Alone Again? Rethinking Romance and Singlehood

It would appear that many of us are “hard-wired” to find a mate. Many of us can look back over our lives and see the problems this has caused us, whether in settling for unsuitable mates, looking for love in all the wrong places or feeling that you once again have failed, most of us can identify with the “trail of tears” that has brought us to this place.

Some people, on the other hand, do not seem to care about romance and stay the bachelor or bachelorette their entire lives, and seem to wear it very comfortably. Why the difference?

Our philosophy and self-image has a lot to do with it. Our feelings of needing to be accepted by another person on a “complete” level can be very powerful. The reasons some of us fall into that category may have to do with childhood issues, relationship dynamics when we were younger or maybe we learned by observation or by teachings how our lives should go. Our parents had a tremendous influence over us, and whether they were healthy, dysfunctional or somewhere in between, there were strong lessons we learned as a child that we may not even be aware of. These can drive our needs, our behavior and our view as to who we are as an adult. When we start to question these “lessons” we can begin to step back and get a different perspective on who we are, where we are in life, and what our needs are at this time.

Our belief about what we need stems from the messages and the images we show ourselves. We all have a tape and “projector” in our mind that even on a good day are unreliable for the information they deliver to us. The messages we get are messages we send ourselves. We got these messages from our life experiences, but they are not correct. They are opinionated, slanted and influenced by so many things that they have no real truth. The only truth is the validity we give this information and the willingness we have to conduct our lives according to it.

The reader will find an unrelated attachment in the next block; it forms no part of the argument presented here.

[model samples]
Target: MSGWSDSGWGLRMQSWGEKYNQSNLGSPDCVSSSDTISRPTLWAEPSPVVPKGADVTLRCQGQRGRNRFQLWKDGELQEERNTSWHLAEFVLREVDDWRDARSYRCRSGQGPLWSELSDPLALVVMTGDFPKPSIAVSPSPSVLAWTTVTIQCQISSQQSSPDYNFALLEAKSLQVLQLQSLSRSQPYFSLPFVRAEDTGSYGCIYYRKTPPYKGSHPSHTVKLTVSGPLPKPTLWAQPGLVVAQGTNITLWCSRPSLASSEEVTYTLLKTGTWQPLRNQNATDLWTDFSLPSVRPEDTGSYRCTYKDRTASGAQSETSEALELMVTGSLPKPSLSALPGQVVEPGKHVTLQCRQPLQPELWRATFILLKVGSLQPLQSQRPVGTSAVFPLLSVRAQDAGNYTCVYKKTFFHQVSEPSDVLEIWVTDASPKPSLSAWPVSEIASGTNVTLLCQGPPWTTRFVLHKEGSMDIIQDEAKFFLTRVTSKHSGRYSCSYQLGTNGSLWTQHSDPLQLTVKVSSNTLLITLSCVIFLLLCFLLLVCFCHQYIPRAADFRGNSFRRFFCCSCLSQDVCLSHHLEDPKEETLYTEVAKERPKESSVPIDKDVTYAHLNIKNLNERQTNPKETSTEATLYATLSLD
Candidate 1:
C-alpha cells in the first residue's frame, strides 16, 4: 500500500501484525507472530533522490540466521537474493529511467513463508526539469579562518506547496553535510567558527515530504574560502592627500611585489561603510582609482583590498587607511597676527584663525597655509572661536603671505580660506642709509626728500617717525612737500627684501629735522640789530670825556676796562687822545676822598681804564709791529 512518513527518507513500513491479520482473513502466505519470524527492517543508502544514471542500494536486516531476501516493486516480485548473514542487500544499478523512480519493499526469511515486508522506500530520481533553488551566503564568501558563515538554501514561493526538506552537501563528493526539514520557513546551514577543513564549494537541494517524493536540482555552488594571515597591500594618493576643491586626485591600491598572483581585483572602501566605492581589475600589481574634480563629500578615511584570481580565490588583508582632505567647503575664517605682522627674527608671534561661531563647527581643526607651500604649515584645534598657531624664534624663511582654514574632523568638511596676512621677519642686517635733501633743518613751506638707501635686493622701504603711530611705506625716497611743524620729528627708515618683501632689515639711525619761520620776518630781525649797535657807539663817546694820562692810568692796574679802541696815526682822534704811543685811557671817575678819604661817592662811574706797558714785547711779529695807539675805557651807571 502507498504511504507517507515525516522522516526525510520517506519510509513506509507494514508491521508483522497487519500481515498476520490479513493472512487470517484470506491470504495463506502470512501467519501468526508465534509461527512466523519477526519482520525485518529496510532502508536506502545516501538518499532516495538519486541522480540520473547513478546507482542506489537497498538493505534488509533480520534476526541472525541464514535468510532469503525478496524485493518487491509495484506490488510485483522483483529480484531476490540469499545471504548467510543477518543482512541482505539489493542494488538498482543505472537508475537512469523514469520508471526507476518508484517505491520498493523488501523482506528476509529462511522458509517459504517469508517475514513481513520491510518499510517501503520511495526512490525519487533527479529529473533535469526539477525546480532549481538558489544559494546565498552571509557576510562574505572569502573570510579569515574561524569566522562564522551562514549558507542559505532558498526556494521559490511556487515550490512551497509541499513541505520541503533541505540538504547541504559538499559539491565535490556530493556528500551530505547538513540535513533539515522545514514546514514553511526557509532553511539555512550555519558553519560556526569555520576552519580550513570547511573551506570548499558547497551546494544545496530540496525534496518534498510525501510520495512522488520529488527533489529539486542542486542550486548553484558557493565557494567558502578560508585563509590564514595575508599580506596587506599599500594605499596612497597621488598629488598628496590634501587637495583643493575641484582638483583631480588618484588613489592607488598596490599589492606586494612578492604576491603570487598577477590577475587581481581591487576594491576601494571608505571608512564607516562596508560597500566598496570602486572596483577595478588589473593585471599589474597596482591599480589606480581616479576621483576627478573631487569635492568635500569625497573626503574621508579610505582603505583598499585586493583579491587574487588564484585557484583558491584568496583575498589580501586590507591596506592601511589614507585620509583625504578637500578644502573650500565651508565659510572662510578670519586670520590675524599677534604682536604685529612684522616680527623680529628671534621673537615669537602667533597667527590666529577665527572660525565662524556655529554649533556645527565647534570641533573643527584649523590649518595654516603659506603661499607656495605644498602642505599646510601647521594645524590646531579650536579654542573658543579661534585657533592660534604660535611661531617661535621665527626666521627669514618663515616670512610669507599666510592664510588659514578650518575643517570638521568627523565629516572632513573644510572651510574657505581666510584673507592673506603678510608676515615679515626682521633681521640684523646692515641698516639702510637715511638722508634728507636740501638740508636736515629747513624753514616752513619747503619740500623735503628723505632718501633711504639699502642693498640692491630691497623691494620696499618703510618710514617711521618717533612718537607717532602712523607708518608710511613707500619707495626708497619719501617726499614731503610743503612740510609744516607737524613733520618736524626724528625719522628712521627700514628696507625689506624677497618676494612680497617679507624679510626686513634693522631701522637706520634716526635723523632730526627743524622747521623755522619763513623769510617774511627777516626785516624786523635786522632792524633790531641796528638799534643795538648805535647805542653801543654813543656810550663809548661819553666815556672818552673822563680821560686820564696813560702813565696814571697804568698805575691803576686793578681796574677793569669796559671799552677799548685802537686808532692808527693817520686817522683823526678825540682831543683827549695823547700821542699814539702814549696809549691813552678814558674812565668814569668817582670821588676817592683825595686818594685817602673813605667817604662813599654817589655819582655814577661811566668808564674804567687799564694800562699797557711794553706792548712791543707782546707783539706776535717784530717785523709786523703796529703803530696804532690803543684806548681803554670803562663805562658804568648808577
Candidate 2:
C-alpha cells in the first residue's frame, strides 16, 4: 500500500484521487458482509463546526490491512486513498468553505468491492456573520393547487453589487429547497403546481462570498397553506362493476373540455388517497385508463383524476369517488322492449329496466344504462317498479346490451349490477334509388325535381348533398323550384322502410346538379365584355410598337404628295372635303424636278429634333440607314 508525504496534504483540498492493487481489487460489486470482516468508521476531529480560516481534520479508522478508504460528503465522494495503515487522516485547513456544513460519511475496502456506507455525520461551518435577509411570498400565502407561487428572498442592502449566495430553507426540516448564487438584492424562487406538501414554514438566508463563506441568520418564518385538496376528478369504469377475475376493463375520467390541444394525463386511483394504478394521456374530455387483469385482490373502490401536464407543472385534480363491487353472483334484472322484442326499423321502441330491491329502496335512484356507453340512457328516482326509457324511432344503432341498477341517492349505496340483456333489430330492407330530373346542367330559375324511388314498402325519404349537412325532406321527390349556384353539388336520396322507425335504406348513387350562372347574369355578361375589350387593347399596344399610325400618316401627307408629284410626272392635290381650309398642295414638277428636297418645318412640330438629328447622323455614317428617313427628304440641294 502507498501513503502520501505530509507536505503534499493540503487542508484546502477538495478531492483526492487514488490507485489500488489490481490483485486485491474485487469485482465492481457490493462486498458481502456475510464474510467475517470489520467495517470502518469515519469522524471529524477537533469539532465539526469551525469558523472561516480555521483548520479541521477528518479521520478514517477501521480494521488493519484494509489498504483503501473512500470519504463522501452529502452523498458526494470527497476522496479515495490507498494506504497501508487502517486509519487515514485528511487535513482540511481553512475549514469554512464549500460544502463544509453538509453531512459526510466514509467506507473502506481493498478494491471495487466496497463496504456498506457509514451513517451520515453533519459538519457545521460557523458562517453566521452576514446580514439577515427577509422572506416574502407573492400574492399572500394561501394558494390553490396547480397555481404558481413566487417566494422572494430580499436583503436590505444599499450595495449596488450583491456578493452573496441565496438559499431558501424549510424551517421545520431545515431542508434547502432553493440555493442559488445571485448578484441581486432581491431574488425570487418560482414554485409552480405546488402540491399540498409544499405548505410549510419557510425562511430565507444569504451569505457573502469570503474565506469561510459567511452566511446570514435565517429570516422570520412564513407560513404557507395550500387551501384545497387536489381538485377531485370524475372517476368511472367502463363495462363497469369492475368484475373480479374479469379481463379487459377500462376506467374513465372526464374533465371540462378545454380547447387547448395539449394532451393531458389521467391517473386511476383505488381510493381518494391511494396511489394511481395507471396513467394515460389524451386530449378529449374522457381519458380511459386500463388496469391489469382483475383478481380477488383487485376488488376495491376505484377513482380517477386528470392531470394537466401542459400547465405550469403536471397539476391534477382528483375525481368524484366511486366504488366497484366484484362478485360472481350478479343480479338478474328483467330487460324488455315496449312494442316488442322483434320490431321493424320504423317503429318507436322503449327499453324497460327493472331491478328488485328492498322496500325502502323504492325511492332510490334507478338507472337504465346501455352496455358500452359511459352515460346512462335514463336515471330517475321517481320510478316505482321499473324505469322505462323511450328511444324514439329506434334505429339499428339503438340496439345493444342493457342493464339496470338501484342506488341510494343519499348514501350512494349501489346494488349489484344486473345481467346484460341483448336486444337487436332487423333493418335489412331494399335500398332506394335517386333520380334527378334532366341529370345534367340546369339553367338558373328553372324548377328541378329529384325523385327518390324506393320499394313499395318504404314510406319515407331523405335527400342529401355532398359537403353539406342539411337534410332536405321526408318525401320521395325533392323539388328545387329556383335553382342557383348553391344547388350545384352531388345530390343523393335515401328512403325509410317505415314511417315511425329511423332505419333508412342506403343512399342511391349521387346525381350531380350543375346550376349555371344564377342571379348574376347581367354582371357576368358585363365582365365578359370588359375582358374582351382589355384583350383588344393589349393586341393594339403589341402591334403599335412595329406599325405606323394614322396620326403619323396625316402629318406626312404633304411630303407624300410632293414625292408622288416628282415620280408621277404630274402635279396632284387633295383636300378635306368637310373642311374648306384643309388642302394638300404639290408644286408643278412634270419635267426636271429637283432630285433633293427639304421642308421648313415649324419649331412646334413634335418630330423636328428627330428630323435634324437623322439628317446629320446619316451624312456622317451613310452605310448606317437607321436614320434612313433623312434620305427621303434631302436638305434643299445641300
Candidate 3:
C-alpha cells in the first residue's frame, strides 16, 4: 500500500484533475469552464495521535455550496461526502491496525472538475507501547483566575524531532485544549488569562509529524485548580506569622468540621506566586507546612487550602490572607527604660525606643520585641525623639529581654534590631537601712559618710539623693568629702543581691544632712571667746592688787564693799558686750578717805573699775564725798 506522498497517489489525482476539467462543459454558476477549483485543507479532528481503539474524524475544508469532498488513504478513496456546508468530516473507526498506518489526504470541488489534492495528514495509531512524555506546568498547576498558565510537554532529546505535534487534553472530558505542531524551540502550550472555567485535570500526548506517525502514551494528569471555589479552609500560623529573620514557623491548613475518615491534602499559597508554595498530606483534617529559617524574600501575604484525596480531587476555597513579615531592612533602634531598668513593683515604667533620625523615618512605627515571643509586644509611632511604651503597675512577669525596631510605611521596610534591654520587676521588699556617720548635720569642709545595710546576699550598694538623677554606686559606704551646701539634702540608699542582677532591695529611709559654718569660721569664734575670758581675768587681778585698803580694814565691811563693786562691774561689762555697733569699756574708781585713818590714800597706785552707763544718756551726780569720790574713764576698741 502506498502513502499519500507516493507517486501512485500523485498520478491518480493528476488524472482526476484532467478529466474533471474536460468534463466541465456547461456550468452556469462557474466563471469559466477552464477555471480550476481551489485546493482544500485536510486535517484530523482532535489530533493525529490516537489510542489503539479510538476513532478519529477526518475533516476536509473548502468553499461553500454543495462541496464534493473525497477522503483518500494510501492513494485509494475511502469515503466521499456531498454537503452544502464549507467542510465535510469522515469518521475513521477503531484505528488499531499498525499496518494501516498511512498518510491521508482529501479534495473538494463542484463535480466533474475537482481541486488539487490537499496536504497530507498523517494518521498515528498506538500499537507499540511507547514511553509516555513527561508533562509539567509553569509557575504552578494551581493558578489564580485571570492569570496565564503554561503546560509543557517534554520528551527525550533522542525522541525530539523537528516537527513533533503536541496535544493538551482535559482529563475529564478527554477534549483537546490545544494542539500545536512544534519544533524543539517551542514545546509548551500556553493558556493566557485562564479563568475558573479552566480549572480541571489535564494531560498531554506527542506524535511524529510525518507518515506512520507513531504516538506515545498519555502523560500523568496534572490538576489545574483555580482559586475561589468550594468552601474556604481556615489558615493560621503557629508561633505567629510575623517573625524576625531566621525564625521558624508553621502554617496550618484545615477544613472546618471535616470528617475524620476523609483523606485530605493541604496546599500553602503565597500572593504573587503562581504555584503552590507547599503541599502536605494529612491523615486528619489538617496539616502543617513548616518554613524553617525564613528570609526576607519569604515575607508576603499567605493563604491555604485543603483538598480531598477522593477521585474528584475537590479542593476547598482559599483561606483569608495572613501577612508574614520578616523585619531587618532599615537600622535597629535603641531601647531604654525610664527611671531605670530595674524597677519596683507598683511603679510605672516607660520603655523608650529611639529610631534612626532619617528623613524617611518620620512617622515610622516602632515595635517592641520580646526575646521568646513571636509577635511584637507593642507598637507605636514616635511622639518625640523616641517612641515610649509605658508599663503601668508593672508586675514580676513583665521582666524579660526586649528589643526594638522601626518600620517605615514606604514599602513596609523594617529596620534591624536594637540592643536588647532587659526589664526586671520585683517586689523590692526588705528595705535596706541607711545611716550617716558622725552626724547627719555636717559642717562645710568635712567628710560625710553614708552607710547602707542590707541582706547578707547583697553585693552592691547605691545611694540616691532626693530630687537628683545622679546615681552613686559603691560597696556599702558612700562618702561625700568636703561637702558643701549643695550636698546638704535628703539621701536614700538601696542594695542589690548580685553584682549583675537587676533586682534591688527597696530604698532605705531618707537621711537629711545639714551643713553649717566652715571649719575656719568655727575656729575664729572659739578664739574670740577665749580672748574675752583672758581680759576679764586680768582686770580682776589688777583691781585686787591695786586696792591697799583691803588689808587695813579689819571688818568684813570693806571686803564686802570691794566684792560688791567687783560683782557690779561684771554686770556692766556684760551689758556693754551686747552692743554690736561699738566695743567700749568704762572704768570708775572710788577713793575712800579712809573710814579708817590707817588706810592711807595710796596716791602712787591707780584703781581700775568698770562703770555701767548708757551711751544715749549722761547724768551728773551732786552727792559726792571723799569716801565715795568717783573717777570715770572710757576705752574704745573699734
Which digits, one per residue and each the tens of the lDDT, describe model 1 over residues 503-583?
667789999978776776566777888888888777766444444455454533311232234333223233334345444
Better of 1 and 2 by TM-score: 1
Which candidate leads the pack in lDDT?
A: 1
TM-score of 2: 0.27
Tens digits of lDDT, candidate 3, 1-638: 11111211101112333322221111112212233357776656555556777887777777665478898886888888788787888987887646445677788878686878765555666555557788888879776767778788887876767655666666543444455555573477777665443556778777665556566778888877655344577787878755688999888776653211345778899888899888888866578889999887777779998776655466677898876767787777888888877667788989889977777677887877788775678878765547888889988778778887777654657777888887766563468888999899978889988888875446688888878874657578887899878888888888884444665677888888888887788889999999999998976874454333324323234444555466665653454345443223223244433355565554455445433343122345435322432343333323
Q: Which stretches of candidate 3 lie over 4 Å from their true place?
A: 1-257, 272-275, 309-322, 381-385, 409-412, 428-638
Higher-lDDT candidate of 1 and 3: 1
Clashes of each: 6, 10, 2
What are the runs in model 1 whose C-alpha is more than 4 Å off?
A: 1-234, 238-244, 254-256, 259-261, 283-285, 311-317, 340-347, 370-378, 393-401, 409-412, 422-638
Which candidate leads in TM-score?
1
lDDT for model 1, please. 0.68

We cannot see ourselves accurately. It is impossible. Neither can anyone else, no matter how well they know us. So, if this is true, what can we believe when it comes to how to conduct our lives and specifically, our relationships? To begin to believe that all prior beliefs are invalid, no matter their origins, is a good place to start to shift our perspective. This doesn’t mean that you should or shouldn’t pursue relationships. What this does mean is that you can find freedom in knowing you can erase the “board,” that projected image you have been looking at for so long, and you can erase the tapes that come with it. You are free to decide differently, or decide not to decide at all about your needs at this time, your worthiness or your place in this world. You have the option of not categorizing yourself or deciding you have “failed,” simply because you are not in a comfortable, loving, mutually fulfilling partnership.

Who are you in a relationship? Who are you outside of one? Are you a more complete person when you have someone with whom to share your life? Is that what you tell yourself? Examine your beliefs about yourself. Look closely at the nature of you, your creations, your contributions to the world, your interests, and your friends and family. Is all of this only a footnote to your pursuit of a mate? Why? How large a piece of the puzzle that go to make up your life do you give to a serious relationship? Why is the piece the size it is? Would you feel more comfortable with your life if you made this piece smaller?

What we all can do is learn to tailor our thinking to modify our path. We can “design” our life to develop different desires and outcomes. We are not locked in to any path we are currently on. We can decide to make any shift we want. We can also learn to let go. We can learn to lay down our hurt, our anger, our disallusionment about life and our place in it. We can redefine who we are, our intrinsic value, our needs and the events that take place in our lives. To find a new perspective means letting go of the one we have, or at least pieces of it. We can choose to put the puzzle together a different way. We can redesign the size of the puzzle pieces to more comfortably fit us, rather than the other way around.

Unlearning uncomfortable values and creating different ones for yourself is an exciting adventure. You may find yourself at a new level of acceptance with the ability to let go of those people and things that have caused you pain. You are the creator of your own desires, your own thoughts and needs. Do not let the events in life determine who you are at this time. You are without definition. You can proceed to create yourself as you so choose. There is immense freedom in that.

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